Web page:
• 28th October 2009 - By adventuresofben

    I’m sitting in Victoria waiting for the Clipper to take me back to Seattle. Something I expected to do, but not so soon on this trip. The boat broke, or more specifically a pin that held the gear to the drive shaft. Second to the boats a

    PA240030That morning began with a boat shaped game of Tetris using our equipment as the pieces. Everything in the boat had to be evaluated and placed according to its safety value in an extreme unlikely situation vs. the simple bits of gear and equipment that would be used several times a day. It always seems to take longer than it should, but approaching it with a “slow is smooth and smooth is fast” mentality gets it done with the care the task deserves. Even so it takes a bit of living in any space to find out the best place for things to go. We left by two, an hour before I expected and for the better part of the afternoon we hummed along to the sound of the human powered gearbox while seals and harbor porpoises materialized through shimmering water. I read comfortably in the back, yawning incessantly as the sun warmed the cabin and a fresh breeze wafted through the small open portholes.

    PA240033Three hours into our cruise we switched positions from the tiny cabin to the small pedal station, a process with a set of maneuvers reminiscent of a giraffe’s birth in one of those African wildlife documentaries narrated by Sir David Attenborough. Confident in the alterations we had done to make me fit back in Calgary I settled into the rhythm of pedaling and ask Greg to hand me up some snacks. Expecting a lot of work ahead of me I swallowed half a box of chips ahoy, beef jerky and was settling into my 5th piece of mini rye when I spotted the Denman Island ferry ahead of me. I stopped peddling trying to gauge the ferries next movements before realizing the sleek nature and momentum of the boat might take it too close to the ferry and promptly began to reverse. My feet felt a quick increase in pressure on the pedals followed by an audible pop. The pressure of the water on the propeller, normally light and consistent, went completely limp.

    PA240049This was not the time to contemplate what the chances were or a possible lack of cosmic favor that might be inferred of a week of bent rudders, other drive train problems and garbage truck snafus. More pressing issues were at hand such as the small but still considerably large ferry whose path we were drifting powerlessly into. It had docked to take its load of cars but would be leaving shortly. After a quick call to the coast guard informing them of our predicament I called out across the water to the ferry captain asking him permission to tie up to one of the pontoon moorings on the other side of the ferry terminal as no regular docks were in practical paddle range of our boat. He consented and we tied up.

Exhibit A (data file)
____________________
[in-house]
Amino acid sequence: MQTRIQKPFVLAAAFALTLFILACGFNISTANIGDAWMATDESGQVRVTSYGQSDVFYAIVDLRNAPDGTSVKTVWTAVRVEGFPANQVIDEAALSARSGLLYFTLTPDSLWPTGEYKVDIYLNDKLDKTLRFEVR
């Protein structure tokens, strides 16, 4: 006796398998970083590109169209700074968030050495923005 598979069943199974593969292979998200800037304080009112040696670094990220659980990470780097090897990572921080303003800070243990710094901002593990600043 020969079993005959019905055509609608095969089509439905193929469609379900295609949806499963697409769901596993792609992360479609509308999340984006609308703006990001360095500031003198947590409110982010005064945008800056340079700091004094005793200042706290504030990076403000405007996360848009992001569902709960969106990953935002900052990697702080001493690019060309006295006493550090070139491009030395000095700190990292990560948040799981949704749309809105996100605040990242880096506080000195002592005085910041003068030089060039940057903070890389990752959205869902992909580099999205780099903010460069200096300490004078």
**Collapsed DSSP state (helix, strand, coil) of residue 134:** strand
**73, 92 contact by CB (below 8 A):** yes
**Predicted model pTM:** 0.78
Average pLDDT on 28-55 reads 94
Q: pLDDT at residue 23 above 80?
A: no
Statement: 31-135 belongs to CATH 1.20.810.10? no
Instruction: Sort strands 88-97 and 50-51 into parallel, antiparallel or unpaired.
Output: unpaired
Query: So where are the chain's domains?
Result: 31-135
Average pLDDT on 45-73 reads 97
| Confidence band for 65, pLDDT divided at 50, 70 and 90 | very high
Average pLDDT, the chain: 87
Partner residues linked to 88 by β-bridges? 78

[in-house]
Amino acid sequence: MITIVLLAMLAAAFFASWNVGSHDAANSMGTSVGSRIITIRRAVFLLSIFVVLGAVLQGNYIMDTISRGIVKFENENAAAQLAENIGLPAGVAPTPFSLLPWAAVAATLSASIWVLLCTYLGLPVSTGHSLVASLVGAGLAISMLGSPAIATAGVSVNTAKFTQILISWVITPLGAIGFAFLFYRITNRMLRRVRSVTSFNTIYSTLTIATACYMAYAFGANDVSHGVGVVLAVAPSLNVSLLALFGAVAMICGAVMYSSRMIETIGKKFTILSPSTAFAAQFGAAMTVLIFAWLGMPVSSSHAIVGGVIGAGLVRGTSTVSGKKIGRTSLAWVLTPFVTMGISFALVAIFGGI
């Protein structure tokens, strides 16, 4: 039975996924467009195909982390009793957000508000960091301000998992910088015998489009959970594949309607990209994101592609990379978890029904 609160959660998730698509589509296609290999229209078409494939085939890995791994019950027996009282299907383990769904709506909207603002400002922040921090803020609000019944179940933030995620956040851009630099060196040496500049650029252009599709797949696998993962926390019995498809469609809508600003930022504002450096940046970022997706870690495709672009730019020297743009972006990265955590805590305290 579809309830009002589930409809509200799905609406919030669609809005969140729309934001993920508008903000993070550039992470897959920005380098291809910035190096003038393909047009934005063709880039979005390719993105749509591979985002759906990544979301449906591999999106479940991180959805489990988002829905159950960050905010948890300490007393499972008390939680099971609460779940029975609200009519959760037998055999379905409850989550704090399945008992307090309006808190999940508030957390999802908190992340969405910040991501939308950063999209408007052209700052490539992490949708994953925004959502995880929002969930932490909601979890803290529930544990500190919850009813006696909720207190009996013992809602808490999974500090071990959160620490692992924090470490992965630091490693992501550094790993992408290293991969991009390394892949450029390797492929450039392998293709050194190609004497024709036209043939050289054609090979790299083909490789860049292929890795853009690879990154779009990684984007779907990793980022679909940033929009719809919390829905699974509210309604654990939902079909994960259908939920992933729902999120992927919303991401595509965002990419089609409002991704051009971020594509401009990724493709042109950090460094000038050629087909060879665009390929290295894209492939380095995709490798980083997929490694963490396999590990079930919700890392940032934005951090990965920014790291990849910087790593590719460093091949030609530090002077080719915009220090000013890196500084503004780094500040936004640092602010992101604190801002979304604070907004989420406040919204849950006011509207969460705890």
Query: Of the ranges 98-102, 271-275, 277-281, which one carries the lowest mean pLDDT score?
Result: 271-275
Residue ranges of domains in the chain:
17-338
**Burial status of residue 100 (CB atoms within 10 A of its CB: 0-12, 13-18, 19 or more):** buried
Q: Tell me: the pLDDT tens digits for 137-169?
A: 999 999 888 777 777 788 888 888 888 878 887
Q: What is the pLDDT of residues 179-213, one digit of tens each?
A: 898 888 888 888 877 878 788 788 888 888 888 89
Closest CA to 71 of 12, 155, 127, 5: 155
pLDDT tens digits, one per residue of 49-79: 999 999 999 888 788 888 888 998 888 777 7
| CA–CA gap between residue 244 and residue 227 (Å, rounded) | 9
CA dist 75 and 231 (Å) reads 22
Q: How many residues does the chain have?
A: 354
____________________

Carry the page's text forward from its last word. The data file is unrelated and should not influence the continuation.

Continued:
PA240057Safely moored we could assess our situation. The boat broke, that was bad. We were close to a ferry dock without regular moorage – also bad. However, the ferry had an accommodating captain willing to let us tie up to there private dock – this was good. Greg’s dear friend, “ironman” Bryan serendipitously happened to be out that weekend on Denman island with friends and was kayaking around to meet us under more propelling circumstances. This was very good. What was downright deliciously over the top was that the good folks Brian was staying with the special breed of people who choose to look after strangers and were happy to lay down two extra places at there table that night. I like to think fortune looks after this caliber of person. Our host was a Calgary pathologist of polish origin named Stephan. He, his daughter Basia, and son in law Steve created a culinary masterpiece including a leg of lamb garnished with beets peppered with flecks of fresh mint, mashed potatoes, asparagus, and mushrooms washed down with Greg’s contribution of wine and beer. We dined, still grimy from the day with their guest Peter (a anesthesiologist friend of Stephans from Calgary), “Ironman Bryan,” and a lovely and spritely older couple whose names unfortunately escape my memory.